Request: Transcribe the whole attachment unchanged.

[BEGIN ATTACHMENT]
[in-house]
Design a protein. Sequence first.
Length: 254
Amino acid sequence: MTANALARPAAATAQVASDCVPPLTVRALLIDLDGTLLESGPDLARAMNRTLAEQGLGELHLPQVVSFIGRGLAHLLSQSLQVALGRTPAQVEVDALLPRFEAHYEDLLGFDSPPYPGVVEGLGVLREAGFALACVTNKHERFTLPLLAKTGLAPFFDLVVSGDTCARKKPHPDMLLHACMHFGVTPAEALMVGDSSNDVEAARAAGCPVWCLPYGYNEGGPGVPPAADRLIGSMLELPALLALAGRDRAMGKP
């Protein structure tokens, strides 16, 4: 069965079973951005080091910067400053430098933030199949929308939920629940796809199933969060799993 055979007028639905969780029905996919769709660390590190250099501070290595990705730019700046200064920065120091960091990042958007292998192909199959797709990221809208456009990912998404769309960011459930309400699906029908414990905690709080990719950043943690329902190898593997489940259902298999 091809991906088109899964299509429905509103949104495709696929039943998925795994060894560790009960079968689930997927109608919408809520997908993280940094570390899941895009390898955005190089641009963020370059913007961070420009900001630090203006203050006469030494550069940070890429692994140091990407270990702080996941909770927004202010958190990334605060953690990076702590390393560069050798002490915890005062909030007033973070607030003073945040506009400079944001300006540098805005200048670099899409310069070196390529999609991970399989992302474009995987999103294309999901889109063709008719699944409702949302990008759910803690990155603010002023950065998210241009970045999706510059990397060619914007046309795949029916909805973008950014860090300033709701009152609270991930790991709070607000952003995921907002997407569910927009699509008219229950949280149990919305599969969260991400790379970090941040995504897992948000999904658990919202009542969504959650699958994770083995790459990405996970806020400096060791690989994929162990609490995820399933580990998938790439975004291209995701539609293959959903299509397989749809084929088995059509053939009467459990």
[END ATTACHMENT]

[in-house]
Design a protein. Sequence first.
Length: 254
Amino acid sequence: MTANALARPAAATAQVASDCVPPLTVRALLIDLDGTLLESGPDLARAMNRTLAEQGLGELHLPQVVSFIGRGLAHLLSQSLQVALGRTPAQVEVDALLPRFEAHYEDLLGFDSPPYPGVVEGLGVLREAGFALACVTNKHERFTLPLLAKTGLAPFFDLVVSGDTCARKKPHPDMLLHACMHFGVTPAEALMVGDSSNDVEAARAAGCPVWCLPYGYNEGGPGVPPAADRLIGSMLELPALLALAGRDRAMGKP
């Protein structure tokens, strides 16, 4: 069965079973951005080091910067400053430098933030199949929308939920629940796809199933969060799993 055979007028639905969780029905996919769709660390590190250099501070290595990705730019700046200064920065120091960091990042958007292998192909199959797709990221809208456009990912998404769309960011459930309400699906029908414990905690709080990719950043943690329902190898593997489940259902298999 091809991906088109899964299509429905509103949104495709696929039943998925795994060894560790009960079968689930997927109608919408809520997908993280940094570390899941895009390898955005190089641009963020370059913007961070420009900001630090203006203050006469030494550069940070890429692994140091990407270990702080996941909770927004202010958190990334605060953690990076702590390393560069050798002490915890005062909030007033973070607030003073945040506009400079944001300006540098805005200048670099899409310069070196390529999609991970399989992302474009995987999103294309999901889109063709008719699944409702949302990008759910803690990155603010002023950065998210241009970045999706510059990397060619914007046309795949029916909805973008950014860090300033709701009152609270991930790991709070607000952003995921907002997407569910927009699509008219229950949280149990919305599969969260991400790379970090941040995504897992948000999904658990919202009542969504959650699958994770083995790459990405996970806020400096060791690989994929162990609490995820399933580990998938790439975004291209995701539609293959959903299509397989749809084929088995059509053939009467459990």